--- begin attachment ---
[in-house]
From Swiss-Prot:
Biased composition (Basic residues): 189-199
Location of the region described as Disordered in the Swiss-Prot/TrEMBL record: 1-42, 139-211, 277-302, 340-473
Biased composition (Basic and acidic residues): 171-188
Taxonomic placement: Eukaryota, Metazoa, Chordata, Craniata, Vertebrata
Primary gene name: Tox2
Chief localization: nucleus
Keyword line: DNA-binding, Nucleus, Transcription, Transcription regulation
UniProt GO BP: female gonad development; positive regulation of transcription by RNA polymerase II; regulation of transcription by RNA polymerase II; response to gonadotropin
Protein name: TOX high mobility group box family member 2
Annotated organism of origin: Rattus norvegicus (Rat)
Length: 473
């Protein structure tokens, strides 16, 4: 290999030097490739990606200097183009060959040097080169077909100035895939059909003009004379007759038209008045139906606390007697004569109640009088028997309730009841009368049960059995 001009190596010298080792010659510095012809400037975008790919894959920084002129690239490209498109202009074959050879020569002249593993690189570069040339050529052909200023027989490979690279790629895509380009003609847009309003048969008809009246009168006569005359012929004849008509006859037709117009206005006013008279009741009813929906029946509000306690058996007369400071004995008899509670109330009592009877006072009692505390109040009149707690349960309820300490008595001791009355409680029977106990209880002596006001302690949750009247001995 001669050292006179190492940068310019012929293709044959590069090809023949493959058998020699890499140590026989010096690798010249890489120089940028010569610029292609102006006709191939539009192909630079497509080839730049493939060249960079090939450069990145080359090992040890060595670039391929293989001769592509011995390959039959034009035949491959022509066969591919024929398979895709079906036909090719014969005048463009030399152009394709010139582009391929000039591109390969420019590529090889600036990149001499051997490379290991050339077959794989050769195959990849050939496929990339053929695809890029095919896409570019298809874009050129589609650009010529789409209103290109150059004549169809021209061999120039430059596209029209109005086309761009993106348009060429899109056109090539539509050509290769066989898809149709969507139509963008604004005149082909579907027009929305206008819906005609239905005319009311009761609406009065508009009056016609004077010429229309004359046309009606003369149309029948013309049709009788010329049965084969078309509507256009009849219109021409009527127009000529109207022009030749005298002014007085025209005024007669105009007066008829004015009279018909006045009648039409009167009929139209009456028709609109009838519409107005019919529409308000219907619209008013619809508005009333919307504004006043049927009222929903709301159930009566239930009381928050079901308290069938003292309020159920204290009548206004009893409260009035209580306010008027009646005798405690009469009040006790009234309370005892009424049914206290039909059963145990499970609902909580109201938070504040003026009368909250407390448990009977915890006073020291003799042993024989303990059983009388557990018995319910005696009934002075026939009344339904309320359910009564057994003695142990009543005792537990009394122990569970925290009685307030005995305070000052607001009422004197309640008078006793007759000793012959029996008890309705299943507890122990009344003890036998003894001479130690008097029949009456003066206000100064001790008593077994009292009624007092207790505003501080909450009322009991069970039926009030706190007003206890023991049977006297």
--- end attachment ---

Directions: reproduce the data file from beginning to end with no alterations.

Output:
[in-house]
From Swiss-Prot:
Biased composition (Basic residues): 189-199
Location of the region described as Disordered in the Swiss-Prot/TrEMBL record: 1-42, 139-211, 277-302, 340-473
Biased composition (Basic and acidic residues): 171-188
Taxonomic placement: Eukaryota, Metazoa, Chordata, Craniata, Vertebrata
Primary gene name: Tox2
Chief localization: nucleus
Keyword line: DNA-binding, Nucleus, Transcription, Transcription regulation
UniProt GO BP: female gonad development; positive regulation of transcription by RNA polymerase II; regulation of transcription by RNA polymerase II; response to gonadotropin
Protein name: TOX high mobility group box family member 2
Annotated organism of origin: Rattus norvegicus (Rat)
Length: 473
């Protein structure tokens, strides 16, 4: 290999030097490739990606200097183009060959040097080169077909100035895939059909003009004379007759038209008045139906606390007697004569109640009088028997309730009841009368049960059995 001009190596010298080792010659510095012809400037975008790919894959920084002129690239490209498109202009074959050879020569002249593993690189570069040339050529052909200023027989490979690279790629895509380009003609847009309003048969008809009246009168006569005359012929004849008509006859037709117009206005006013008279009741009813929906029946509000306690058996007369400071004995008899509670109330009592009877006072009692505390109040009149707690349960309820300490008595001791009355409680029977106990209880002596006001302690949750009247001995 001669050292006179190492940068310019012929293709044959590069090809023949493959058998020699890499140590026989010096690798010249890489120089940028010569610029292609102006006709191939539009192909630079497509080839730049493939060249960079090939450069990145080359090992040890060595670039391929293989001769592509011995390959039959034009035949491959022509066969591919024929398979895709079906036909090719014969005048463009030399152009394709010139582009391929000039591109390969420019590529090889600036990149001499051997490379290991050339077959794989050769195959990849050939496929990339053929695809890029095919896409570019298809874009050129589609650009010529789409209103290109150059004549169809021209061999120039430059596209029209109005086309761009993106348009060429899109056109090539539509050509290769066989898809149709969507139509963008604004005149082909579907027009929305206008819906005609239905005319009311009761609406009065508009009056016609004077010429229309004359046309009606003369149309029948013309049709009788010329049965084969078309509507256009009849219109021409009527127009000529109207022009030749005298002014007085025209005024007669105009007066008829004015009279018909006045009648039409009167009929139209009456028709609109009838519409107005019919529409308000219907619209008013619809508005009333919307504004006043049927009222929903709301159930009566239930009381928050079901308290069938003292309020159920204290009548206004009893409260009035209580306010008027009646005798405690009469009040006790009234309370005892009424049914206290039909059963145990499970609902909580109201938070504040003026009368909250407390448990009977915890006073020291003799042993024989303990059983009388557990018995319910005696009934002075026939009344339904309320359910009564057994003695142990009543005792537990009394122990569970925290009685307030005995305070000052607001009422004197309640008078006793007759000793012959029996008890309705299943507890122990009344003890036998003894001479130690008097029949009456003066206000100064001790008593077994009292009624007092207790505003501080909450009322009991069970039926009030706190007003206890023991049977006297």